David Krut Projects is pleased to present Cruise at Krut 2020, a solo exhibition of unique paper collages and sculptures from the studio of Wilma Cruise, shown alongside recently completed editions from the David Krut Workshop (DKW).
Wilma Cruise’s interaction with the David Krut Workshop (DKW) began in 2007, resulting in her solo exhibition, Split NY|LON|JHB. She has worked collaboratively with the DKW printers on three major projects: in 2010, 2015 and currently. Cruise has contributed to David Krut Publishing titles, including an essay titled Reading Ceramics, which can be found in Messages and Meaning which provides insight into the MTN Art Collection. Furthermore, Cruise has been part of numerous group and solo exhibitions with David Krut Projects (DKP) and an engaging relationship continues.
It was in January of 2015 that Cruise and Master Printer, Jillian Ross, joined forces to produce four new prints. This opportunity in the workshop allowed for an exploration of a variety of printmaking techniques including drypoint on copper plate and chine-collé with tea-stained Japanese paper. The images that resulted are both visually and technically complex. The collaboration in 2015 led to Cruise’s solo exhibition, Advice From A Caterpillar at David Krut Projects.
Three of the four prints, namely Word, The Queen and The End Game, formed a series of work showcased at Advice From A Caterpillar. The fourth, The All-Knowing Pig, stood independently. In this exhibition Cruise explored the human animal relationship and asks the ultimately ethical question, “What happens if the animals were in charge and treated us as we treated them?”
In Cruise’s work, animals feature as our living and feeling counterparts or totems, their lives and deaths are imaged with the same…urgency with which Cruise images human beings. Both intertwined and apart from humans, animals in Cruise’s work appear as witnesses to the precariousness of being in the world. Tangled with the fragility of human beings, animals matter (Schoeman, 2009:12).
The Queen is part of a body of work which explores human-animal relationships, asking: “what happens if the animals were in charge and treated us as we treat them?” For Cruise, this question relates specifically in this series to “baboon politics” in the Western Cape where man and animal compete for space and resources.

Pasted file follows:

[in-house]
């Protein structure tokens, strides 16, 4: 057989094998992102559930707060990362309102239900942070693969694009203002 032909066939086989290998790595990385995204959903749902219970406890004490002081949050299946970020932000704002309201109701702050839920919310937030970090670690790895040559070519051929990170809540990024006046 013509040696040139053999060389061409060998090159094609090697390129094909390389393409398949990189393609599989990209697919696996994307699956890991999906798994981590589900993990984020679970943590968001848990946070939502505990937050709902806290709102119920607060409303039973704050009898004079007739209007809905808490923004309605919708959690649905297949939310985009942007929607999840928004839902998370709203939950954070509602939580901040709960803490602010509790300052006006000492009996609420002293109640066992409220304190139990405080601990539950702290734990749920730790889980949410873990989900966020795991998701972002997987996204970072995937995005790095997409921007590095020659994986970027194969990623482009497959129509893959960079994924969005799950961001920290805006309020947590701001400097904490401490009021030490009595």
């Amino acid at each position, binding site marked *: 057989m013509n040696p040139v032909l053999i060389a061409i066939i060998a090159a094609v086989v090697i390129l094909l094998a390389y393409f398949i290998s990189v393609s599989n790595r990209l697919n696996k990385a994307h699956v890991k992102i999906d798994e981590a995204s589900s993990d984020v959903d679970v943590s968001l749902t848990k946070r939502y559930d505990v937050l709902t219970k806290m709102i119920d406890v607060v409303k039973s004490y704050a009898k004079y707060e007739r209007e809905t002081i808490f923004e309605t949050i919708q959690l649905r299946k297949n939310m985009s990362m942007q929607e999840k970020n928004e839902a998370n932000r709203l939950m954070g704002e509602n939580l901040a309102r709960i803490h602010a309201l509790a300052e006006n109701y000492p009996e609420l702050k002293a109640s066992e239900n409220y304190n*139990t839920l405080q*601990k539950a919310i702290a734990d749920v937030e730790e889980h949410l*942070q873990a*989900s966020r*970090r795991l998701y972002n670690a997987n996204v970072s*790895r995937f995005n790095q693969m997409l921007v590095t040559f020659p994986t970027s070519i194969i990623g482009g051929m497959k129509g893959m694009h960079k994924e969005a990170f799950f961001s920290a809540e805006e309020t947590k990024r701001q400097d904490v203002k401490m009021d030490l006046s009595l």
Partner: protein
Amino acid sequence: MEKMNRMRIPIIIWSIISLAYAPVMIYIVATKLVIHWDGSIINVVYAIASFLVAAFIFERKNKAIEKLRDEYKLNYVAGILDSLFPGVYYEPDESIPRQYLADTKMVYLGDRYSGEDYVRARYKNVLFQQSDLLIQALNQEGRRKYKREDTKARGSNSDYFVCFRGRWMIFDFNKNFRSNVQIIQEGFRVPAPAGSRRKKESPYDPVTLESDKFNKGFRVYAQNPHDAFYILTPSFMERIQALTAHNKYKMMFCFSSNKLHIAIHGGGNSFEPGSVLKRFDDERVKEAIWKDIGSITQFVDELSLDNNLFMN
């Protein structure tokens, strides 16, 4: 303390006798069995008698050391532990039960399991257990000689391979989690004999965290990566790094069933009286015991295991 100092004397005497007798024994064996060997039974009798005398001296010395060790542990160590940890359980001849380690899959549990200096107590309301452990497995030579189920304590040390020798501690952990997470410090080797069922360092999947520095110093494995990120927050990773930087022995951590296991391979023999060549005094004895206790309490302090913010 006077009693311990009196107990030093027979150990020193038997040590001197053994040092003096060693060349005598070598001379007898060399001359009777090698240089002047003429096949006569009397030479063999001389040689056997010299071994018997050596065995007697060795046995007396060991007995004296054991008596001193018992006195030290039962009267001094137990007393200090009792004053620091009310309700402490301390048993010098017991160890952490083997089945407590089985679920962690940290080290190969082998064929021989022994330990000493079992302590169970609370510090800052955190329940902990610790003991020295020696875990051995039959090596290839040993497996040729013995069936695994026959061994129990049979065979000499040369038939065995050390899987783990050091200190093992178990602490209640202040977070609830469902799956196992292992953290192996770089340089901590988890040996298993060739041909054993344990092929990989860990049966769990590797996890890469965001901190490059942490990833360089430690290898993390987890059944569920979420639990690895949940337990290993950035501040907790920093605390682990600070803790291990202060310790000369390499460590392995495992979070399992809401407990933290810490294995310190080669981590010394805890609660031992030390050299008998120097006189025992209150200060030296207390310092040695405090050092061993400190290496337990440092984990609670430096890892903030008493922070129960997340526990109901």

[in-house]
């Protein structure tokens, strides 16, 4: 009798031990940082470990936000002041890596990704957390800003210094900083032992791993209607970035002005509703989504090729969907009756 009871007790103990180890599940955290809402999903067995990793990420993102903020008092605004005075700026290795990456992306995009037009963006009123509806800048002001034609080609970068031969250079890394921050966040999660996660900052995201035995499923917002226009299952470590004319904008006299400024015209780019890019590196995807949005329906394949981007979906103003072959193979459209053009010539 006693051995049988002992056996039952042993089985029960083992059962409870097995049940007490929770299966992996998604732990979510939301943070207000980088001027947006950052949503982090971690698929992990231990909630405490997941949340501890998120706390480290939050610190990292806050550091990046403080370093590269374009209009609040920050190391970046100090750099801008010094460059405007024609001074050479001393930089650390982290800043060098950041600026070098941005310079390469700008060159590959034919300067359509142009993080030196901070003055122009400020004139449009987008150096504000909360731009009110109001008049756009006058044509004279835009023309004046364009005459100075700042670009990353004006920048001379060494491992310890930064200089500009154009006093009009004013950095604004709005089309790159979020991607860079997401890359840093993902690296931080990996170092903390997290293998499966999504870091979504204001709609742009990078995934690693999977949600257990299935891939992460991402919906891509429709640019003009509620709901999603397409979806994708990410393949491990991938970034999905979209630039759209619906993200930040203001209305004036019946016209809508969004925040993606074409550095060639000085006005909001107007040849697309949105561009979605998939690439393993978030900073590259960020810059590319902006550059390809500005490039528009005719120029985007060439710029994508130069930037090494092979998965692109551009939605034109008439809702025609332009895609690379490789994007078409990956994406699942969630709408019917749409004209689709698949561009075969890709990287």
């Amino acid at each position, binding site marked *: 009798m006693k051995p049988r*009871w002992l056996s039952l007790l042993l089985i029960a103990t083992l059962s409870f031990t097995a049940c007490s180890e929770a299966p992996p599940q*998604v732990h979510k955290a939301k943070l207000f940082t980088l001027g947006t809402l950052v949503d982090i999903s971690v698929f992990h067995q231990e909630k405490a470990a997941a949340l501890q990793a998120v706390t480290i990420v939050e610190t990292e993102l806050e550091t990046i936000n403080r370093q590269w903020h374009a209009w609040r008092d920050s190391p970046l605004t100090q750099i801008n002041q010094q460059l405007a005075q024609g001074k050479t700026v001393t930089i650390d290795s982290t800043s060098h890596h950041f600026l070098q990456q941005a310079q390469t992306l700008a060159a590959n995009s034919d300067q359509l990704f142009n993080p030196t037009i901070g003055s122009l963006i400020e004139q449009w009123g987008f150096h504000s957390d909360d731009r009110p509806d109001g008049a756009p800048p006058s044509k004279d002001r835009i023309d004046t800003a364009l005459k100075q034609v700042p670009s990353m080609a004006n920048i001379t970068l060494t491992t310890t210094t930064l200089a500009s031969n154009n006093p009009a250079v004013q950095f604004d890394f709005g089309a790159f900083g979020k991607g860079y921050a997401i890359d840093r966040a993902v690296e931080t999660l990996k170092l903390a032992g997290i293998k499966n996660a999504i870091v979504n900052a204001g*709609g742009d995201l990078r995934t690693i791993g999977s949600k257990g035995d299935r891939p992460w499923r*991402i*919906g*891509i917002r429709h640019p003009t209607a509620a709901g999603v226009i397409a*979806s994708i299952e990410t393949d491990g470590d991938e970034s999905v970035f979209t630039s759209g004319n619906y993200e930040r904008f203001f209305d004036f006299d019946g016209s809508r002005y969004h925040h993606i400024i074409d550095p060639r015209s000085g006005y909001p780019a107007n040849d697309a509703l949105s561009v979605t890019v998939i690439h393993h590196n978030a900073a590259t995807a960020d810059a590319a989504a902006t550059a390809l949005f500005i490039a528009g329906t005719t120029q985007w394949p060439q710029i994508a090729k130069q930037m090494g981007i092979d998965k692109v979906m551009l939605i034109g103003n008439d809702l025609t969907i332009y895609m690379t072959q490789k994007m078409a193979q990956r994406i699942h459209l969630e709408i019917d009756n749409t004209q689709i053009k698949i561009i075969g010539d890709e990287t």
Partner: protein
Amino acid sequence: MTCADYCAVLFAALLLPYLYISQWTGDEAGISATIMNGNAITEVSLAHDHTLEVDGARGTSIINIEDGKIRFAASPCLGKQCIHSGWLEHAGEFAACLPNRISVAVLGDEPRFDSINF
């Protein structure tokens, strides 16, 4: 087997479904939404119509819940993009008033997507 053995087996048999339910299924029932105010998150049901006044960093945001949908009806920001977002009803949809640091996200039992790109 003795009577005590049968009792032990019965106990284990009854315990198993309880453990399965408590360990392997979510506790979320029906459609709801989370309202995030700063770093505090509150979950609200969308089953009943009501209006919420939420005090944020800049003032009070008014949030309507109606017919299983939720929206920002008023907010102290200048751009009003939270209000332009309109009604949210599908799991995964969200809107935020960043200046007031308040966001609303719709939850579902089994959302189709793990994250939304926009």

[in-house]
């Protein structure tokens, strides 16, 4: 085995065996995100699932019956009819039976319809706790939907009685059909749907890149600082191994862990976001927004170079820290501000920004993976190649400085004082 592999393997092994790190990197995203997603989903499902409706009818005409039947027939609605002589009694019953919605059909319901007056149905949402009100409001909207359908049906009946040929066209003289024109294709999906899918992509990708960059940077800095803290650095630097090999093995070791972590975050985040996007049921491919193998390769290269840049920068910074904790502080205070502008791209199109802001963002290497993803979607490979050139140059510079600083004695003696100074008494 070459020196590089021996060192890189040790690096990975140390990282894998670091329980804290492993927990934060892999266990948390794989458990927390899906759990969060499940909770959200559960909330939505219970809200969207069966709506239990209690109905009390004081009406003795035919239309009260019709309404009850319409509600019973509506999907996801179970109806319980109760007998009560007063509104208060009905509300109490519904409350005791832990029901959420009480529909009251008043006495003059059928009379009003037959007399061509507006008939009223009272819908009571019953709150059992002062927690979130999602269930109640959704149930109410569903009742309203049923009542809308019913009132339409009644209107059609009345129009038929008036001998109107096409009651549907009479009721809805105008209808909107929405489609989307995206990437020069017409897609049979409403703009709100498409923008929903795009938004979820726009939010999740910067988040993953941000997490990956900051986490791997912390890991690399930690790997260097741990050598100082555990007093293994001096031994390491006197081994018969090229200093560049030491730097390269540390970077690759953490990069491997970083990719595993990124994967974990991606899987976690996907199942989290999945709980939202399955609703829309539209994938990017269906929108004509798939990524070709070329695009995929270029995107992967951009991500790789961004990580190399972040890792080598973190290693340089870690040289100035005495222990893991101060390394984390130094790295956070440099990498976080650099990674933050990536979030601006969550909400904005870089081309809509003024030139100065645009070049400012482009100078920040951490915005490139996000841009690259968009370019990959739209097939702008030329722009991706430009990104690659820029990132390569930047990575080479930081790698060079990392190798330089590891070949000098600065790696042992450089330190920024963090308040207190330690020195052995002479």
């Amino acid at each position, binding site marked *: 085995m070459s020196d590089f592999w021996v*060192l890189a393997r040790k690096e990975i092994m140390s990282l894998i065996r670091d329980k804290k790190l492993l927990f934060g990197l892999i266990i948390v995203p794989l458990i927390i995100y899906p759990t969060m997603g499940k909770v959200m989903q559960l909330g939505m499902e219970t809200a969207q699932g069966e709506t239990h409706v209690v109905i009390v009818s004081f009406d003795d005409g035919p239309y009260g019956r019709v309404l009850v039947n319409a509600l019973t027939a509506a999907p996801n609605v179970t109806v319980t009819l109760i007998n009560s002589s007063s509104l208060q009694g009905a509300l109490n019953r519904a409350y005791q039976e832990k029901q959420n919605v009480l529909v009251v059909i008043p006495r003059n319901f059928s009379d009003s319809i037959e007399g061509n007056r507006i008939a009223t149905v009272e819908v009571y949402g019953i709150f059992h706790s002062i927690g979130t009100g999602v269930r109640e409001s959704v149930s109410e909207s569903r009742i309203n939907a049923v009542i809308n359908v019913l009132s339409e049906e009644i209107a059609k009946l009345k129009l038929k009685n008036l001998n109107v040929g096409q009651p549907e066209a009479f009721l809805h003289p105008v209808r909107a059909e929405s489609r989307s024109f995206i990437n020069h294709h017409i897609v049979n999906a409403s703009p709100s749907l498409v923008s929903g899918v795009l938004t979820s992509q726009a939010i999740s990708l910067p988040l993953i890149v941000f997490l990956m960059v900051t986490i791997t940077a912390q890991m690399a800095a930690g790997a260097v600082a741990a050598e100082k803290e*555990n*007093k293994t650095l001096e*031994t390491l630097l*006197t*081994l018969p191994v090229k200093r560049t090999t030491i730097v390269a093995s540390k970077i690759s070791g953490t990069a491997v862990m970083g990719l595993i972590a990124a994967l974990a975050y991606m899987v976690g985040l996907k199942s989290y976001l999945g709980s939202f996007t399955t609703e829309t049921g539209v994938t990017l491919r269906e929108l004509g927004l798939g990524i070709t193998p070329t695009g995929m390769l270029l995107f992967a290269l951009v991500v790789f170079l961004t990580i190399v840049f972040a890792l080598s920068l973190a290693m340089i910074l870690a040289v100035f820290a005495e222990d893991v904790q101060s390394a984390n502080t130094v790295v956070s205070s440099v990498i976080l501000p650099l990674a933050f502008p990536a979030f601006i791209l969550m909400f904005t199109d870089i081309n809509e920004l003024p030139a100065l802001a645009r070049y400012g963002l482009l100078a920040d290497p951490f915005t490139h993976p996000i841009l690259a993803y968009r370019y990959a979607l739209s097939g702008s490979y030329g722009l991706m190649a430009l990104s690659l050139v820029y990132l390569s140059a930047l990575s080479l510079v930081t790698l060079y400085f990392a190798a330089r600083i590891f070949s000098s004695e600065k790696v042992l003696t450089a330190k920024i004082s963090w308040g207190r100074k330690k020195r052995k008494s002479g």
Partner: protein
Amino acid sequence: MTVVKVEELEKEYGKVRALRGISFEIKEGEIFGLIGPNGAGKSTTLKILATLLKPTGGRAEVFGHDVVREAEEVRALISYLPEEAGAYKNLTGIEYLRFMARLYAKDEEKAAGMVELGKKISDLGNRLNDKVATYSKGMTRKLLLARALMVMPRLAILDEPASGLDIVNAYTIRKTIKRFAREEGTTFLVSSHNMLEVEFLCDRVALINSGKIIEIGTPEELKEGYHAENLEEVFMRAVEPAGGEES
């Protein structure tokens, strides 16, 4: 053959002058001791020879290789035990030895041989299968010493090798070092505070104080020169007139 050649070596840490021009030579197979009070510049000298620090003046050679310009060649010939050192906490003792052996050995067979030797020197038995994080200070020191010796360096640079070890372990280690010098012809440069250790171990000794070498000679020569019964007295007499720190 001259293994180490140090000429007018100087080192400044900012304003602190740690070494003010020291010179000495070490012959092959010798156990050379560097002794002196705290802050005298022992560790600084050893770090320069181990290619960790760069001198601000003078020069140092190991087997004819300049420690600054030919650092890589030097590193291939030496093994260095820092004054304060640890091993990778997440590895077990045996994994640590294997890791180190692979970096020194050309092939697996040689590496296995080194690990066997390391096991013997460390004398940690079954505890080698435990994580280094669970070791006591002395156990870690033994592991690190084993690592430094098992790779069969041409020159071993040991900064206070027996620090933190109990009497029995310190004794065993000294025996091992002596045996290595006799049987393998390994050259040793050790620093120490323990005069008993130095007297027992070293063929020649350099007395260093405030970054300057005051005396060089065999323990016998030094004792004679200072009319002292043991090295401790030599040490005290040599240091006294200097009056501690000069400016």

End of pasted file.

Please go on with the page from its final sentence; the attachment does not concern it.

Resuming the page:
The edition of the plate for Word was partially printed in 2015, and finally completed in mid-2020 by Printer Kim-Lee Loggenberg at David Krut Workshop, Arts on Main, which prompted us to re-look at this fascinating body of work.
For Cruise, this question relates broadly to the human-animal relationship, and its many complex facets, and also specifically to baboon politics in the Western Cape of South Africa, where man and animal compete for space and resources.
In the print, The End Game, a pair of baboons contemplate the conundrum of the end of the world as they know it. For this image Cruise makes use of tea-stained gampi. The gampi is brushed with a tea mixture until it is just the right colour, a warm deep ochre-like tone. The chine is then painted with an acrylic wash, glued and cut into the shape of the baboon figure on the plate and then adhered.
The image was printed using Gamblin Portland Black etching ink and the gampi was adhered during printing. Gampi was stained using Five Roses Tea and an acrylic wash made from Grumbacher and Iris Fine Acrylic paints
In The All-Knowing Pig, the subject, like the Cheshire cat from Alice in Wonderland, smiles out of her frame sealed in her hermetic world of ‘pigness’. It is a world closed to us human animals who have no access to her particular epistemology.
To create The All-Knowing Pig Cruise used multiple drypoint tools as well as sandpaper to add tonal depth. Cruise blends heavy mark making with areas of delicacy. The purple bow tie and yellow eye are highlighted in the image with a colourful chine-collé cut-out.
The image was printed using Gamblin Portland Black etching ink and the purple and yellow papers are glued with Methyl cellulose and were adhered during printing.
Drypoint prints are created by scratching a drawing into a metal plate with a needle or other sharp tool. This technique allows the greatest freedom of line, from the most delicate hairline to the heaviest gash. In drypoint the burr is not scraped away from the surface but stays on the surface of the plate to print a velvety cloud of ink until it is worn away by repeated printings.
When a drypoint needle or other engraving tool is used to draw directly into a metal plate, small, fine pieces of metal are raised up on both sides of the scored line. This burr holds additional ink during the printing process and gives the lines a velvety or fuzzy texture.
Printing with the use of chine-collé is a technique in which an image is transferred to a thin sheet of paper and that thin sheet is bonded to a heavier backing sheet as it passes through the press. The term also refers to mounting paper or other collage materials such as cloth to a backing sheet.
The process of removing excess ink off the surface of a plate to reveal the image made on the matrix
In printmaking, hand painting refers either to the addition of marks to a print once it has already been printed, or it refers to the addition of printer’s ink with a paint brush to a plate that has been wiped down and is ready to print. Hand-painting lends a unique quality to each work in an edition as the marks have been made on each individual print separately.
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